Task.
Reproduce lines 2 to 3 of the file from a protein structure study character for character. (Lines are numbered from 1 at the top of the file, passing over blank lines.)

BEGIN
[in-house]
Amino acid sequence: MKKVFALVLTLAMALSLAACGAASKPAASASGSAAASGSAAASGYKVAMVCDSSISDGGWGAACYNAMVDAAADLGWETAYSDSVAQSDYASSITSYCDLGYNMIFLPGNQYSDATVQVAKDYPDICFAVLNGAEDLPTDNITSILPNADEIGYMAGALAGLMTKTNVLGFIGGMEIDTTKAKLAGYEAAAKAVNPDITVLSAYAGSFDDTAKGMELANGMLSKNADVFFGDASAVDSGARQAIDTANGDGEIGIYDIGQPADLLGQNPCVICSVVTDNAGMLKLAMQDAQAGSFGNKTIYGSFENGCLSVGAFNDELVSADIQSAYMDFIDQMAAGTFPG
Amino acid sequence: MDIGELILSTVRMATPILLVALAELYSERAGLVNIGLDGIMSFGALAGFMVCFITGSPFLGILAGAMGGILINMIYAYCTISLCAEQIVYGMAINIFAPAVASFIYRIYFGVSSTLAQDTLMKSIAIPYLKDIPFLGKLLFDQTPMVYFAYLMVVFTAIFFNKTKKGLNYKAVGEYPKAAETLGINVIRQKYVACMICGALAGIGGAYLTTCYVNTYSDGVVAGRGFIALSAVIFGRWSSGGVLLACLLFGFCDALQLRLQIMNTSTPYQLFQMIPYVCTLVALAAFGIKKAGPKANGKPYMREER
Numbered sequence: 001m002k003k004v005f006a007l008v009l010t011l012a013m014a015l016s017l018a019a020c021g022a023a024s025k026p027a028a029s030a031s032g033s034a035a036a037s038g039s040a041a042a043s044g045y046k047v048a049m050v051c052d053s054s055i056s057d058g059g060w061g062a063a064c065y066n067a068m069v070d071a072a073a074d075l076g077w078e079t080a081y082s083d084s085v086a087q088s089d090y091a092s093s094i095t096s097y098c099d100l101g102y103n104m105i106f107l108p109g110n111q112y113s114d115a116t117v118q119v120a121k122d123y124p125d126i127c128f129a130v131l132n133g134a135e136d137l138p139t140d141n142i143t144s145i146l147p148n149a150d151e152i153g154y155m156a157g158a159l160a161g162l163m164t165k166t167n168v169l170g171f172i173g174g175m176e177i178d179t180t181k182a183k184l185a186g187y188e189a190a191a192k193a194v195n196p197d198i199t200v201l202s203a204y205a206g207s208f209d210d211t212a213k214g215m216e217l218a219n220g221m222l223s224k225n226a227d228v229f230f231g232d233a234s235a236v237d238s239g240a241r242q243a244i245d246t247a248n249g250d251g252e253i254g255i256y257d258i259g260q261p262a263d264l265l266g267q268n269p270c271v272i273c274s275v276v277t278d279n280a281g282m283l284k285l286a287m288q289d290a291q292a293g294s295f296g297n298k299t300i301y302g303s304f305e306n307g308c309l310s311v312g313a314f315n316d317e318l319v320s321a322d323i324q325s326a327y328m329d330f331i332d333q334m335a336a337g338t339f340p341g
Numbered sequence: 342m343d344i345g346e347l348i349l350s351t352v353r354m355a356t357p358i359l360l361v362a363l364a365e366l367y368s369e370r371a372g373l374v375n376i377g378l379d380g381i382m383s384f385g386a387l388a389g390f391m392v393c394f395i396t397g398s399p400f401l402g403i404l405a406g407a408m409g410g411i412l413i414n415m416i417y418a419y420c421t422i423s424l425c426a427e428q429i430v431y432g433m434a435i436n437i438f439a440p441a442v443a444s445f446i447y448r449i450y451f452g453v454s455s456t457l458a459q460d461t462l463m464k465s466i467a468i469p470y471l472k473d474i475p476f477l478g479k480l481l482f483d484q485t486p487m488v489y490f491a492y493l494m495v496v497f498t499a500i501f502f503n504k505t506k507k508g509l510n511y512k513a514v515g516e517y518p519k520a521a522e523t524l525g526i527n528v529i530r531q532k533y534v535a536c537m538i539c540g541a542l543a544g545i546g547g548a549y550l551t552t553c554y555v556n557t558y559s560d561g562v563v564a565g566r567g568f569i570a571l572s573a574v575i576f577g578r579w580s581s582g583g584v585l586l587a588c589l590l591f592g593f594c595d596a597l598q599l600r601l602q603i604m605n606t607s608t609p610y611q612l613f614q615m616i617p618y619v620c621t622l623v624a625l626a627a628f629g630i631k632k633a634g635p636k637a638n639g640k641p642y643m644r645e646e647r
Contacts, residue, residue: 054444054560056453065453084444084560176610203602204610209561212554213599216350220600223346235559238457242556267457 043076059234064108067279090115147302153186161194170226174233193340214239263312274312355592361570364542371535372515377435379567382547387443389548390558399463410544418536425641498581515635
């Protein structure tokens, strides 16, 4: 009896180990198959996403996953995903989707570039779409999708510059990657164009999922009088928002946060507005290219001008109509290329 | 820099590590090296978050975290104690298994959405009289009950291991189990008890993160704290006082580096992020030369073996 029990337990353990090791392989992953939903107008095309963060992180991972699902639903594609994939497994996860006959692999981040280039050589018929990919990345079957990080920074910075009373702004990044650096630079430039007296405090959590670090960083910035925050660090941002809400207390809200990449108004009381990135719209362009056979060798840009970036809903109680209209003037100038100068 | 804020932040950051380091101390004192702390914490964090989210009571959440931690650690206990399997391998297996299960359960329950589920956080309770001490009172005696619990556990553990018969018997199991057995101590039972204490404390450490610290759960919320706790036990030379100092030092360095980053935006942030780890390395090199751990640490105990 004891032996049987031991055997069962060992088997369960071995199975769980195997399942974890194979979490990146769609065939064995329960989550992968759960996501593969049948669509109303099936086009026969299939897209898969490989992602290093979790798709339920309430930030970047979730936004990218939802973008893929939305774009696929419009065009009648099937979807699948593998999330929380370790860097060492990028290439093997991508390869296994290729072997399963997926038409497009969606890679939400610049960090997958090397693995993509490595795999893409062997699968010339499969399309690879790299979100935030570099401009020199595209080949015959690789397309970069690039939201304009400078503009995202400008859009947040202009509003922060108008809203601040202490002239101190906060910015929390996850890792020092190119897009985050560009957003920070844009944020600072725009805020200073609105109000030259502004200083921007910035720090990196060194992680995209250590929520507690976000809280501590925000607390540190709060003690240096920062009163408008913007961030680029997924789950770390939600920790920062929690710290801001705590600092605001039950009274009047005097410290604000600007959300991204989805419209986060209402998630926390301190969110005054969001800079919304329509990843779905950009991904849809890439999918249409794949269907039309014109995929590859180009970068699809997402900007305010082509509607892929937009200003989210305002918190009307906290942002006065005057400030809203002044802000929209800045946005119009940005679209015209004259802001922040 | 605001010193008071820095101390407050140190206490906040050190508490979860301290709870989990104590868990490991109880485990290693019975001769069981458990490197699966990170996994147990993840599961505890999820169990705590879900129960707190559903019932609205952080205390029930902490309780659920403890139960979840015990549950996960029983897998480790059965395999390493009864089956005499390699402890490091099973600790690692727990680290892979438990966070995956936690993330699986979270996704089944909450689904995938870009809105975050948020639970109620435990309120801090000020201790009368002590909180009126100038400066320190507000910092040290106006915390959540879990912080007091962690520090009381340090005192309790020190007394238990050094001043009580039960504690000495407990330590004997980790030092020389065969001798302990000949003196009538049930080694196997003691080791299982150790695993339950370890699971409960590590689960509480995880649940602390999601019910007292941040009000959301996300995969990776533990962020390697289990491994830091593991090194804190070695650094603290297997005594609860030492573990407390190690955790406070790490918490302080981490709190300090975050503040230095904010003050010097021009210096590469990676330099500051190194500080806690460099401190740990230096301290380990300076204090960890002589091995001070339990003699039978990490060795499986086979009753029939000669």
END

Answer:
Amino acid sequence: MKKVFALVLTLAMALSLAACGAASKPAASASGSAAASGSAAASGYKVAMVCDSSISDGGWGAACYNAMVDAAADLGWETAYSDSVAQSDYASSITSYCDLGYNMIFLPGNQYSDATVQVAKDYPDICFAVLNGAEDLPTDNITSILPNADEIGYMAGALAGLMTKTNVLGFIGGMEIDTTKAKLAGYEAAAKAVNPDITVLSAYAGSFDDTAKGMELANGMLSKNADVFFGDASAVDSGARQAIDTANGDGEIGIYDIGQPADLLGQNPCVICSVVTDNAGMLKLAMQDAQAGSFGNKTIYGSFENGCLSVGAFNDELVSADIQSAYMDFIDQMAAGTFPG
Amino acid sequence: MDIGELILSTVRMATPILLVALAELYSERAGLVNIGLDGIMSFGALAGFMVCFITGSPFLGILAGAMGGILINMIYAYCTISLCAEQIVYGMAINIFAPAVASFIYRIYFGVSSTLAQDTLMKSIAIPYLKDIPFLGKLLFDQTPMVYFAYLMVVFTAIFFNKTKKGLNYKAVGEYPKAAETLGINVIRQKYVACMICGALAGIGGAYLTTCYVNTYSDGVVAGRGFIALSAVIFGRWSSGGVLLACLLFGFCDALQLRLQIMNTSTPYQLFQMIPYVCTLVALAAFGIKKAGPKANGKPYMREER